See also Laser
A mirror-like filter which transmits infrared light while reflecting visible light.
A ray bundle, or beam of light, in which every ray is parallel to every other ray of light, which effectively originates from an infinitely small point source located at infinity. Note that light is never perfectly collimated.
Converting a diverging or converging beam of light into a parallel beam of light.
A camera sensor that uses a mosaic filter to separate incoming light into a series of colors. Each color is then directed by a different set of pixels. In the filtering process some spatial resolution is lost because the sensor is not using every pixel for every color.
Colorimetric parameter associated with light sources (compared with blackbodies) that relates to apparent visual color. Expressed in degrees Kelvin.
A method used to measure color and to define the results of the measurement. It includes many factors such as an object's physical characteristics, the surrounding colors, the light source, and the sensor or viewer.
An optical aberration that yields a variation in magnification (and therefore image size) across the FOV, causing an asymmetric blur for features in the image.
See also Aberration
Complementary Metal Oxide Semiconductor (CMOS)
Complementary metal-oxide semiconductor sensor. A type of imaging sensor in which the charge-to-voltage conversion is done at each individual pixel and the signal is read out by a multiplexing to an A/D converter. Can yield a less uniform output and very low power dissipation compared to CCD, but at much higher speeds due to lack of shift registers.
Compound Parabolic Concentrator (CPC)
An optical component which is designed to collect and concentrate distant light sources efficiently. CPCs are used in solar energy collection, wireless communication, biomedical and defense research among other applications requiring condensing a divergent light source.
Computer Controlled Precision Polishing
Polishing technique for aspheric lenses which automatically adjusts the tool dwell parameters to polish away high spots where more polishing is needed.
For rotary stages, the maximum variance between a perfect circle and the path that the stage follows.
A positive lens or set of lenses designed to collect light and project it evenly across an area. Commonly found in projector systems as part of the condenser lens portion.
Microscopy technique using spatial filtering to eliminate out-of-focus light in specimens that are thicker than the plane of focus. Allows for controllable depth of field and built-up 3D representations by z-sectioning of an object.
The distance along the optical axis of a lens from the principle plane of that lens to either the image plane (for an image conjugate) or the object plane (for an object conjugate). Lenses designed to focus at infinity have an infinite conjugate distance for the object and a finite conjugate distance for the image.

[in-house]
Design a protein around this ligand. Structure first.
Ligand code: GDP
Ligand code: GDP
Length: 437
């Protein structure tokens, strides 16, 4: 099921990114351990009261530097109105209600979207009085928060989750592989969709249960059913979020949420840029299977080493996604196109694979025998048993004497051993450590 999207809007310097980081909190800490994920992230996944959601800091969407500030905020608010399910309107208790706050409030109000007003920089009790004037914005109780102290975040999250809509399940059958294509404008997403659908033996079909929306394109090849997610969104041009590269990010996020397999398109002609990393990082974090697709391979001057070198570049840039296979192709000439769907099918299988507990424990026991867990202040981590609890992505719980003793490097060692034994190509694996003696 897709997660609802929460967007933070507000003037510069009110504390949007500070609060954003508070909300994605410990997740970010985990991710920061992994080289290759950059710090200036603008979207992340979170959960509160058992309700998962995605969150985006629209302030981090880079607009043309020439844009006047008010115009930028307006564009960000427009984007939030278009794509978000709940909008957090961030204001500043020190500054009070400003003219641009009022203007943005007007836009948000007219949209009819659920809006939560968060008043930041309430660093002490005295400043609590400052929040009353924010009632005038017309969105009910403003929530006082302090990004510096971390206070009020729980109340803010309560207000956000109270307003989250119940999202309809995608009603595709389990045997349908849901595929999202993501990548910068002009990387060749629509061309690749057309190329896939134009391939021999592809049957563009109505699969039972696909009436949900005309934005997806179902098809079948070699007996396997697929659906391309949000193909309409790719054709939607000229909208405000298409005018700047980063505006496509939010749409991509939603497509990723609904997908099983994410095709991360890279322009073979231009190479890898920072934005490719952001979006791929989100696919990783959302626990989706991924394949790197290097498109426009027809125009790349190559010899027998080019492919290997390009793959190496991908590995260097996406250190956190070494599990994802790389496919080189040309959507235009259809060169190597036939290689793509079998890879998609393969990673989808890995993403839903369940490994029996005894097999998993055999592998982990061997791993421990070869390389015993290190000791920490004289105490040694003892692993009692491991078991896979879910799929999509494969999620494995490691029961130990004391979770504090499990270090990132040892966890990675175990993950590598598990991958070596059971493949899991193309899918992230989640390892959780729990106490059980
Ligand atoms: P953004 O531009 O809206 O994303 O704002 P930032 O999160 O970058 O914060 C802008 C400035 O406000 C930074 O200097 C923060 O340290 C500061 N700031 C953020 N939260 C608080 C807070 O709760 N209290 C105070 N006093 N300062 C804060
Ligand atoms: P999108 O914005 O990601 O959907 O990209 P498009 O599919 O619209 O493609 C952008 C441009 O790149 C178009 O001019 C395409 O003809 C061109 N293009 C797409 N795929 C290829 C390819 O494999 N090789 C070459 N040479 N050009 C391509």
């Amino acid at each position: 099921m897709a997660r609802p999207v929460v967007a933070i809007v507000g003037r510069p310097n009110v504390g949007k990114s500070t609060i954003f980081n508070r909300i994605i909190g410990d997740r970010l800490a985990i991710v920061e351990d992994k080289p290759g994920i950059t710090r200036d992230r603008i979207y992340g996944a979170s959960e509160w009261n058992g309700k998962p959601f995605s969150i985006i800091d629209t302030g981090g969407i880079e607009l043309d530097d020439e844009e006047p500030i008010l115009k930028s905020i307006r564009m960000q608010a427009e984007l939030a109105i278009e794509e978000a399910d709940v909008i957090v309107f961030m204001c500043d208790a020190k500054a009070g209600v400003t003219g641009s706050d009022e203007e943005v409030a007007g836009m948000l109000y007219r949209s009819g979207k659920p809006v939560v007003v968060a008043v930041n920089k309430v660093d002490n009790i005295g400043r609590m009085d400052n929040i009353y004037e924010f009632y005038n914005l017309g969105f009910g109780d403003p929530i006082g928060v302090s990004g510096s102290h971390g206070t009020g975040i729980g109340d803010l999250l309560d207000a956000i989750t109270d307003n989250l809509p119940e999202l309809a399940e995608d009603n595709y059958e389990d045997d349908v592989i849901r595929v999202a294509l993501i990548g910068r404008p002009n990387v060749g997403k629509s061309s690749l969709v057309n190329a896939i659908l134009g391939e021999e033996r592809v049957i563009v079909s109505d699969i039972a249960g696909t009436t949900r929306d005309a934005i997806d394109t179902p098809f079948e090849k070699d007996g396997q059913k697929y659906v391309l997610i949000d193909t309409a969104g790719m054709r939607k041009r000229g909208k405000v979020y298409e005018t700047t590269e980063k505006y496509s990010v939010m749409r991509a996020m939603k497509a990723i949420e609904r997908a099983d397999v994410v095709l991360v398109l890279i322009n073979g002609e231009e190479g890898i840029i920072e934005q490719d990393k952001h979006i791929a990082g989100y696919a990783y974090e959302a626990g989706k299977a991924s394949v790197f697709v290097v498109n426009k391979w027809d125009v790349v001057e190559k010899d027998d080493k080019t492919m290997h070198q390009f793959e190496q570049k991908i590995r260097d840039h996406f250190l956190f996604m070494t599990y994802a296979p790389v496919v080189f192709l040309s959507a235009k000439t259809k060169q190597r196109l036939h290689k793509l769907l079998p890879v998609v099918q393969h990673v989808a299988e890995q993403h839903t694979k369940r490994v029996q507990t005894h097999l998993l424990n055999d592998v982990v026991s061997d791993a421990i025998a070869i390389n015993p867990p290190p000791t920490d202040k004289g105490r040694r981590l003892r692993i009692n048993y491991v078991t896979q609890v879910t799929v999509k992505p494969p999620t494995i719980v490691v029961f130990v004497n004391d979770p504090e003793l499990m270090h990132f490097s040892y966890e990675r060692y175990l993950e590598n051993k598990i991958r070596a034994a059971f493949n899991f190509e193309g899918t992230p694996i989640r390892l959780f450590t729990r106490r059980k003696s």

Continuously Variable Apodizing Filter
A type of neutral density filter with a gradient of optical densities which vary radially from the center. There are two configurations: high optical density in the center that decreases continuously to an uncoated edge, and high optical density on the edge that continuously decreases to an uncoated center.
Comparison of shades of gray that define an object and its background.
The quantified difference between adjacent features of a specific size for an object, as imaged through a lens.
A cylindrically enlarged end of a hole. Typically used to accept the head of a socket head cap screw, making the screw head accessible but not obstructive.
Loss of optical energy between two optical conductors.
See also Optical Fiber
One of two types of optical glass used in the manufacturing of achromatic lenses. Crown glass is harder than flint glass and has a lower index of refraction and lower dispersion.
A camera and lens standard with a 12.526mm flange distance and mounting threads of 1" x 32 TPI. CS-mount lenses will not work with C-mount cameras.
A type of beamsplitter constructed of two cemented right angle prisms, one with a broadband multi-layer dielectric coating on the hypotenuse. 50% of incident light is transmitted, and 50% is reflected. Outside surfaces have an anti-reflection coating to reduce back reflections. No beam displacement occurs between the original and separated beams. The reflected and transmitted beams travel through the same amount of glass, so although the optical path length of each arm is increased, both paths are increased by the same amount. Their cubic shape makes cube beamsplitters easy to mount, thus suffering less from deformation due to mechanical stress.
In filter terminology, the wavelength at which the transmission decreases to 50% throughput in a shortpass filter. In fiber optics, the shortest wavelength at which a fiber transmits in single mode. Below the cut off several modes will propagate and the fiber is no longer single-, but multimode. In detector technology, the wavelength at which the detector response falls to a set percentage (usually 20 or 50 percent).
In filter terminology, the wavelength at which the transmission increases to 50% throughput in a longpass filter.
See also Cut-Off Wavelength
A type of lens that focuses light in only one dimension. Its profile is similar to a PCX lens (though PCV profiles also exist) and it can transform a point of light into a line image.
See also Plano-Convex (PCX) Lens